The sleeve.


Again I'm not sure if the Neil Pryde race sails are better or worse than other race sails in this respect. But nevertheless the sleeve (especially around the upper cambers, opposite to the zippers) is prone to get worn out. The damage normally doesn't effects the performance of the sail, but if the sleeve is badly worn out it's easy to glue/stitch on a patch (entrance through the zippers) to the area without having to open the sleeve.

Another minor week point is the elastic boom cut-out material (with a double operating zipper) that might get worn out.



The zippers in the sleeve.


Generally the zippers are of very good quality, but it is possible to over stress them. The stressing of the zippers very often happens if you use the sail with a non-X9 mast that's softer in the bottom area than intended (almost all non-X9 masts seem to be too soft for the RS Racing in the bottom area).


The problem probably occur because the more (relatively) softness in the bottom area of non-X9 masts try to make more bend curve in the lower part of the sail than the sail is intended to, stretching the sleeve to almost drumhead proportions.


The problem seem to be most obvious with the zipper just below the boom, and unfortunately the phenomenon is also easily observed with the X6 masts that a lot of guys have to use (because of the famous vulnerability of the X9 masts). This apparent (minor?) lack of compatibility between the bend curves of the X6 and the X9 masts is a little strange, because measuring the X6 masts they fit pretty fine to the Neil Pryde bend curve label ("Constant Flex", that is a bend curve around 15 (see database here)). This should mean that the newer X9 ("Ultra") masts (that I haven't had the opportunity to measure lately - for good reasons, as simply non of my sailing mates dare to buy a new X9 mast!) are presumably even more Flex Top than the X6 masts.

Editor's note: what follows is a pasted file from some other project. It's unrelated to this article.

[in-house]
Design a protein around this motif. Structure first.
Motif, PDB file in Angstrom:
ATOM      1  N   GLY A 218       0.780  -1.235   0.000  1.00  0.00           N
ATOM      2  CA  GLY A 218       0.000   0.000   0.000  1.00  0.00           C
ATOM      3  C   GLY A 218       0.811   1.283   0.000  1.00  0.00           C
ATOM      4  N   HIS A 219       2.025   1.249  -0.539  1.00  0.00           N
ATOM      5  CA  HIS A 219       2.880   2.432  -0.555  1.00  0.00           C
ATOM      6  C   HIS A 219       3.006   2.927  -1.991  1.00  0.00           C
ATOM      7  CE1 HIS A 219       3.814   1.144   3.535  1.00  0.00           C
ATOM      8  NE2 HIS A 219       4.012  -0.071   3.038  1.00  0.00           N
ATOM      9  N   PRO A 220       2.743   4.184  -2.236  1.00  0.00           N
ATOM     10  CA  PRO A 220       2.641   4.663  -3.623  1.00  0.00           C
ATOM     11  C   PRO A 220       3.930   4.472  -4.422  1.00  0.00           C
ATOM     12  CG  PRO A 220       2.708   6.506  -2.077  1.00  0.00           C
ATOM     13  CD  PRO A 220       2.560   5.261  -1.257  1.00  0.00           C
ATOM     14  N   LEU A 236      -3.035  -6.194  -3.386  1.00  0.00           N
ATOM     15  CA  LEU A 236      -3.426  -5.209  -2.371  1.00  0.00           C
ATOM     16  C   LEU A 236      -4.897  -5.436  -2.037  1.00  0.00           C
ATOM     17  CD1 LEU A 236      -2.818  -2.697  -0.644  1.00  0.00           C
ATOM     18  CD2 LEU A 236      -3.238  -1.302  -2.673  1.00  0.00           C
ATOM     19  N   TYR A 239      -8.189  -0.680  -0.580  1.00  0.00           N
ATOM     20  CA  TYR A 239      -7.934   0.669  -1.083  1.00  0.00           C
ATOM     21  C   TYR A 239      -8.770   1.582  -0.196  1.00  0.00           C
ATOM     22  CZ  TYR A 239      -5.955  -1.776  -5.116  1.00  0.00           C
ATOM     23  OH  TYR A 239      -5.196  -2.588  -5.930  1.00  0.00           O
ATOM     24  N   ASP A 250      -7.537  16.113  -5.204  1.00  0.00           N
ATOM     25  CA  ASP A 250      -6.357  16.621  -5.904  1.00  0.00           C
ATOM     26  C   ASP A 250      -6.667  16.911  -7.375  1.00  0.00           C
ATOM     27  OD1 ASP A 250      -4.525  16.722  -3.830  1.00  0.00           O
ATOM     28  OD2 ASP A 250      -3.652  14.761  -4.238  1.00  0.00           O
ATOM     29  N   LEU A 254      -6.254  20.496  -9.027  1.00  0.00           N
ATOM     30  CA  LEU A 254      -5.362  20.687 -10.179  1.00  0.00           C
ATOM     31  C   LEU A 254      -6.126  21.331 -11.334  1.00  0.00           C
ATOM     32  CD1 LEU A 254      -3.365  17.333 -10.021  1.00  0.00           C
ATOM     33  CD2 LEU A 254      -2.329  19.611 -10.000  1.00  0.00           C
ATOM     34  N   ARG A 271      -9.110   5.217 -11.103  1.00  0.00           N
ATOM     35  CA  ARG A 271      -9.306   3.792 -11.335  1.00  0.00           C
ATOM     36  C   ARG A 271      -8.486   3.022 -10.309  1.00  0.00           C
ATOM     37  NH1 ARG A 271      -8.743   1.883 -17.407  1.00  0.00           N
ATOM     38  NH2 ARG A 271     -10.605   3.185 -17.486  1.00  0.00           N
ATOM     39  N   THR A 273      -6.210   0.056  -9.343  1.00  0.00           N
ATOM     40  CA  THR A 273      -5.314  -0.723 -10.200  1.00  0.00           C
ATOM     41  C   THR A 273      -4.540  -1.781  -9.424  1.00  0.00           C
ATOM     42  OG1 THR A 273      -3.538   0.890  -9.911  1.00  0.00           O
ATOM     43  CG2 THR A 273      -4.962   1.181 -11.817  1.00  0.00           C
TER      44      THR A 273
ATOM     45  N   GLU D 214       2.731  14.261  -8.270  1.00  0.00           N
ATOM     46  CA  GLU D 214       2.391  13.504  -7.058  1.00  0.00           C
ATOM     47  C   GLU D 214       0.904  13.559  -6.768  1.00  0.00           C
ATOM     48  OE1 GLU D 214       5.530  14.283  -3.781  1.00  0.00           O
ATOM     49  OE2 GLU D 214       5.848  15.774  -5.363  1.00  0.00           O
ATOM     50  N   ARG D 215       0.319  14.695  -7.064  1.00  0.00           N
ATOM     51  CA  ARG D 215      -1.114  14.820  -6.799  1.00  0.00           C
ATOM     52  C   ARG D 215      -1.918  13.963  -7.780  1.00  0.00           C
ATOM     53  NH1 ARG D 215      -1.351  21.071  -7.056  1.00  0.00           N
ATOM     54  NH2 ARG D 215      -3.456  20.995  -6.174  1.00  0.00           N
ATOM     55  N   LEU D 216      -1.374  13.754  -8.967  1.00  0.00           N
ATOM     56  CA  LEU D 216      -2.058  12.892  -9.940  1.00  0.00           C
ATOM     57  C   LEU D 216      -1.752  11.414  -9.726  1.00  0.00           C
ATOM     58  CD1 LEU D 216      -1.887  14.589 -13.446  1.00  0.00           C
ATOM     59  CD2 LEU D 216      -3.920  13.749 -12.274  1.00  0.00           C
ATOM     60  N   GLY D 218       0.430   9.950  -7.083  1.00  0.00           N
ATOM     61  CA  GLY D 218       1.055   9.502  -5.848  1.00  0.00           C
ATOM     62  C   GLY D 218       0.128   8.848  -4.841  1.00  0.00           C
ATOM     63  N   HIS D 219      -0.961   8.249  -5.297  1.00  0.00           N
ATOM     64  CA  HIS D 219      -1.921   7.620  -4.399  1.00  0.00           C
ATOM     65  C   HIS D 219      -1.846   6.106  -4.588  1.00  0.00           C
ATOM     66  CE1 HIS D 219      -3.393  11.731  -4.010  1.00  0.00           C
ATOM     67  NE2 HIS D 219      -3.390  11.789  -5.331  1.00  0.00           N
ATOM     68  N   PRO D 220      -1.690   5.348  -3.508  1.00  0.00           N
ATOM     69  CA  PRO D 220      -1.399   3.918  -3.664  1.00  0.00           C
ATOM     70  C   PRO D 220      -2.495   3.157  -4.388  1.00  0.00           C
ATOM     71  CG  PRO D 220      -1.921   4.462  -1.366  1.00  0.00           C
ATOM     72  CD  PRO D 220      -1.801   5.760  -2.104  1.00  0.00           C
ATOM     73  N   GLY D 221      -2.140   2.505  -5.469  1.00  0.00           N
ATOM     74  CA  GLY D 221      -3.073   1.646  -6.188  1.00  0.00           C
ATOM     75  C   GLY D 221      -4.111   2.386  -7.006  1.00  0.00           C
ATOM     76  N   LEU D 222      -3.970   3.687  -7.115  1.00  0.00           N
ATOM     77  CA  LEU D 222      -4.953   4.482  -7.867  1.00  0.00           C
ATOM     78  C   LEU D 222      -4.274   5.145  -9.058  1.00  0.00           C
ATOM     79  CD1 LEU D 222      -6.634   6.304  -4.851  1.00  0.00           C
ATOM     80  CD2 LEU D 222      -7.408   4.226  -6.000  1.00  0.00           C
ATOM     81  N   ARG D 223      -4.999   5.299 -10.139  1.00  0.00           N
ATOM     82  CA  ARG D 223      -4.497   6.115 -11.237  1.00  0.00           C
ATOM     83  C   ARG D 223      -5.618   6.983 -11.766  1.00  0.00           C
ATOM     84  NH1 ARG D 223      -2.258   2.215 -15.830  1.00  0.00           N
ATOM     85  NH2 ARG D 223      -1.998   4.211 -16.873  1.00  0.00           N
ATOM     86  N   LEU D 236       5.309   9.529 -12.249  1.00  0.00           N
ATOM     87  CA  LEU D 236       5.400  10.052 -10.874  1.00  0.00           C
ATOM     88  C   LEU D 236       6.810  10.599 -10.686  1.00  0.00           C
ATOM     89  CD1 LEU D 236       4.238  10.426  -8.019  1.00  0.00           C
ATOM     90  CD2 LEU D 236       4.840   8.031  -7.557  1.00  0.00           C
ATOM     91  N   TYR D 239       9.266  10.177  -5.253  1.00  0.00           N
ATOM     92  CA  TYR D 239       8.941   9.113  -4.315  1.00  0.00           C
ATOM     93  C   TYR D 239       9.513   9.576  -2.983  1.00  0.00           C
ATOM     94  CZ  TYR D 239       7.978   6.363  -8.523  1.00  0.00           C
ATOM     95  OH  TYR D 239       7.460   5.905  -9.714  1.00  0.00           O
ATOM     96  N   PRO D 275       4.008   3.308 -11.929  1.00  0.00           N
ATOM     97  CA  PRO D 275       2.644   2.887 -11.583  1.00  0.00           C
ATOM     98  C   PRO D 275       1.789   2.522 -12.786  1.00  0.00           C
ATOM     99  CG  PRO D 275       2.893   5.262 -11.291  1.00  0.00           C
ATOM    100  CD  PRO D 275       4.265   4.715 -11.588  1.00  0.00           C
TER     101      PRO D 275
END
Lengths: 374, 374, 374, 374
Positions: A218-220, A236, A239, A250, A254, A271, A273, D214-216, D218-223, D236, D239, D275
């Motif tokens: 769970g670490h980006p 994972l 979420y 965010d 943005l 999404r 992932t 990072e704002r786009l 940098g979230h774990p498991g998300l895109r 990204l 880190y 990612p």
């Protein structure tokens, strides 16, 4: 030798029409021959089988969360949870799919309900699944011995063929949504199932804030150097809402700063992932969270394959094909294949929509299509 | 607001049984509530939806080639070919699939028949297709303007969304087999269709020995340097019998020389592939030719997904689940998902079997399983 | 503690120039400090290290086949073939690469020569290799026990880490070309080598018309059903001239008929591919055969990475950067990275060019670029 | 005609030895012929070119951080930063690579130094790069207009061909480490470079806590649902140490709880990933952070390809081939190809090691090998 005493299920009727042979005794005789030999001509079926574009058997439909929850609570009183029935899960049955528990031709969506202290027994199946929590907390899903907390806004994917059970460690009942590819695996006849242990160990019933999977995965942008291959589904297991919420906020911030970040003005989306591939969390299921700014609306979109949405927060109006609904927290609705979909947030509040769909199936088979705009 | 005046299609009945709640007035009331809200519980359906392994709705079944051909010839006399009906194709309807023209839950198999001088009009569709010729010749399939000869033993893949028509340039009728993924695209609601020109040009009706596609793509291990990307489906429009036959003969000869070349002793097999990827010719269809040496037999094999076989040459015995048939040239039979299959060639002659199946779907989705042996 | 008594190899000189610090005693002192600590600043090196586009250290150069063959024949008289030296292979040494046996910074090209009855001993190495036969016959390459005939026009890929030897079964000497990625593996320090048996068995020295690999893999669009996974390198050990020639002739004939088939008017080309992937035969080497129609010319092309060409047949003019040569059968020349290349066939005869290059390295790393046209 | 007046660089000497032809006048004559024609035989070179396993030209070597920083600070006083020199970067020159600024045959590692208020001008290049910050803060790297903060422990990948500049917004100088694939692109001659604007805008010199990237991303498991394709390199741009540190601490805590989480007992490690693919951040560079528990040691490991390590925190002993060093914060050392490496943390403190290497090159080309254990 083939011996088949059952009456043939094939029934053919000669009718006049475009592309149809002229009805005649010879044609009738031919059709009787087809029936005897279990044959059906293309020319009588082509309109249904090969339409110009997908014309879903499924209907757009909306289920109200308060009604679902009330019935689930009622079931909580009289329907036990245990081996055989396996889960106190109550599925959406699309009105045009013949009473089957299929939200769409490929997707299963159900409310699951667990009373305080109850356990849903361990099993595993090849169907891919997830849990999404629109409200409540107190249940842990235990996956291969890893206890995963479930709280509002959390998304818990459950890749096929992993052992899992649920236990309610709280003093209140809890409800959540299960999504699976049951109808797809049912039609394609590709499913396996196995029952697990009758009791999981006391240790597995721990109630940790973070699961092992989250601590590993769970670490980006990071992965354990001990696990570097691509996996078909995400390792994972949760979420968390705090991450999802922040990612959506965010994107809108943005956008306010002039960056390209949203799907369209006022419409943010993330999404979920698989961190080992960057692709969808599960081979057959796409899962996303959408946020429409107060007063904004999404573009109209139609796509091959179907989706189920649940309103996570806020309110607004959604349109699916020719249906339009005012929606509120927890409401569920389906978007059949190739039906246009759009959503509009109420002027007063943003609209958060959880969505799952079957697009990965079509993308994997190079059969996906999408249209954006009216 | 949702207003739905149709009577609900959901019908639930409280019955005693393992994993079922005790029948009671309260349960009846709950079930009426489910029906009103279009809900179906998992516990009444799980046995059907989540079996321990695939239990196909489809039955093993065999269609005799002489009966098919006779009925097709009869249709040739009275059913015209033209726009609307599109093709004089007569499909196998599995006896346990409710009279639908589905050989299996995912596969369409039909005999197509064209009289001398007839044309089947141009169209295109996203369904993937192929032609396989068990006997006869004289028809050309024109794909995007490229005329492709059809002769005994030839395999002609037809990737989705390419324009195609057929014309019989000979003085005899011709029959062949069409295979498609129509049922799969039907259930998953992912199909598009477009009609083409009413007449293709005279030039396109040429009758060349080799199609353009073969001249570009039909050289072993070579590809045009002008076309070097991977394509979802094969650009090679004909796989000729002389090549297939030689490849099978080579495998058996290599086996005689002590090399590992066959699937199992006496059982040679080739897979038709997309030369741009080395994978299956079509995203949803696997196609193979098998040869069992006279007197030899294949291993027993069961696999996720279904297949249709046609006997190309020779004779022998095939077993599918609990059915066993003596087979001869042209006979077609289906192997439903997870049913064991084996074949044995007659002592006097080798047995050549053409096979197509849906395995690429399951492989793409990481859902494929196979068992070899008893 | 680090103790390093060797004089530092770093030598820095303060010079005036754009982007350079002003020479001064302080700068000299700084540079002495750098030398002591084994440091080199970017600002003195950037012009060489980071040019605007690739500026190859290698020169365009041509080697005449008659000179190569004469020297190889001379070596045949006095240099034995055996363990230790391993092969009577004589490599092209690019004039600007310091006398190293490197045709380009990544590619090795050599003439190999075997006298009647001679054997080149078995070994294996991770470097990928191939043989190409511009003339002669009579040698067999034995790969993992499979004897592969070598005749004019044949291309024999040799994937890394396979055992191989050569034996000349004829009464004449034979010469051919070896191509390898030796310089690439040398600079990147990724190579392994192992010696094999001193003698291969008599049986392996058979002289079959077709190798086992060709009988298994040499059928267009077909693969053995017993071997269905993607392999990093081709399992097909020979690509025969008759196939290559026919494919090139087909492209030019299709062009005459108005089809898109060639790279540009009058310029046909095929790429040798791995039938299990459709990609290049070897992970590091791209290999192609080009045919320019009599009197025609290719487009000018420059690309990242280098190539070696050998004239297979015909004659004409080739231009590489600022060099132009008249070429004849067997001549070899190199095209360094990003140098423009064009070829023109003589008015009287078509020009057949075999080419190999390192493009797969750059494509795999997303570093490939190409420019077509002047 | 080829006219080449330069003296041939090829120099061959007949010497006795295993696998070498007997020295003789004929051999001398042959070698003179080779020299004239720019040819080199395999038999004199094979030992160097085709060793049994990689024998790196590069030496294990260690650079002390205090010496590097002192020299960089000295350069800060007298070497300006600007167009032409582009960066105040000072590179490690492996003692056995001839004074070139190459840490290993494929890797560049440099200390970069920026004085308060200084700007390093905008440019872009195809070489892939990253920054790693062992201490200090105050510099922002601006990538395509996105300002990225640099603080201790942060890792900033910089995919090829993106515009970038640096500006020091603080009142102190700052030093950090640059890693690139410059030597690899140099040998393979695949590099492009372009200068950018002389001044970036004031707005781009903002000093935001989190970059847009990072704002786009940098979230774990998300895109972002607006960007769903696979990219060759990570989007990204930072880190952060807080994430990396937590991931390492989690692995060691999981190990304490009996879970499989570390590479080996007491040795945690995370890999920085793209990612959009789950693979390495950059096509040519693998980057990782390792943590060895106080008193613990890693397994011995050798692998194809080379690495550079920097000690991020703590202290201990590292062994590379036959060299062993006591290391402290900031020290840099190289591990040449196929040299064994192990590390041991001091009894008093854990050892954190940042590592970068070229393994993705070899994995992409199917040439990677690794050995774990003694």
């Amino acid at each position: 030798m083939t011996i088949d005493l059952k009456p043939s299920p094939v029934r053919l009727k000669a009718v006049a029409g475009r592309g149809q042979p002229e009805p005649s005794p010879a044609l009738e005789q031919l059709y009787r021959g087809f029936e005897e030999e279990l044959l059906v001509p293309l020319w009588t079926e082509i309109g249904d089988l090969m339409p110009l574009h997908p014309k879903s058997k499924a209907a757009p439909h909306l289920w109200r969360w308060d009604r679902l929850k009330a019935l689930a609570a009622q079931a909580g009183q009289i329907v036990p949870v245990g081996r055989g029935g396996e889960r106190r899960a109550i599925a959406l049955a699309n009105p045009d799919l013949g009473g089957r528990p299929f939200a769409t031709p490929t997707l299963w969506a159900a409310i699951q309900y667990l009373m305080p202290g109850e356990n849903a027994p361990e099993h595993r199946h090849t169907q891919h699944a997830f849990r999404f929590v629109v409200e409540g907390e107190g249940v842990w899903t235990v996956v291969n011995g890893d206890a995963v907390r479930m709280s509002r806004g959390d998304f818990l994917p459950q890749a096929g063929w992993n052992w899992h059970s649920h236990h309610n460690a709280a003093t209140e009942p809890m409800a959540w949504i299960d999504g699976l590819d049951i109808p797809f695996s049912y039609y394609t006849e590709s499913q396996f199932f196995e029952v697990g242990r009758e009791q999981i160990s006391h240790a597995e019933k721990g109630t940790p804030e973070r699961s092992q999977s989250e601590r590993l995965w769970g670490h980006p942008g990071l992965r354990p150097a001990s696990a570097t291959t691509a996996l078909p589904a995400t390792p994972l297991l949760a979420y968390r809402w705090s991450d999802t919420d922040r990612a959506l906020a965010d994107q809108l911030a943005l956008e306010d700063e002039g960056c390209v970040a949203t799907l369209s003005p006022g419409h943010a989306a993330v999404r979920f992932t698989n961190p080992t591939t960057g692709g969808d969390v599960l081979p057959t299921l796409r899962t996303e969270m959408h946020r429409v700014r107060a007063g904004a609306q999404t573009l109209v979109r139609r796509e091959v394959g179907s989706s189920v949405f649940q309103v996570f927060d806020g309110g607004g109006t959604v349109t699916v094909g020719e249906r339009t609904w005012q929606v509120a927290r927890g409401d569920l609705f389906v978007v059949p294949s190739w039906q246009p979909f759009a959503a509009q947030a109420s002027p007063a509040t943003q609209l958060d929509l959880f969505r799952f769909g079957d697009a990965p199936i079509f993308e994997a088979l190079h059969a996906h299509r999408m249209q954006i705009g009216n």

The clew.


The clew has two eyelets, and it seem to be most common to use the lowest one and in this way weigh control over a (marginal) tighter leech.

The normal place for eyelets has been cut away, thereby placing the eyelets around 10 cm closer to the mast than comparable sails. Neil Pryde think this allow a looser leech (more twist) and a smaller and more compact boom compared to an ordinary eyelet placement.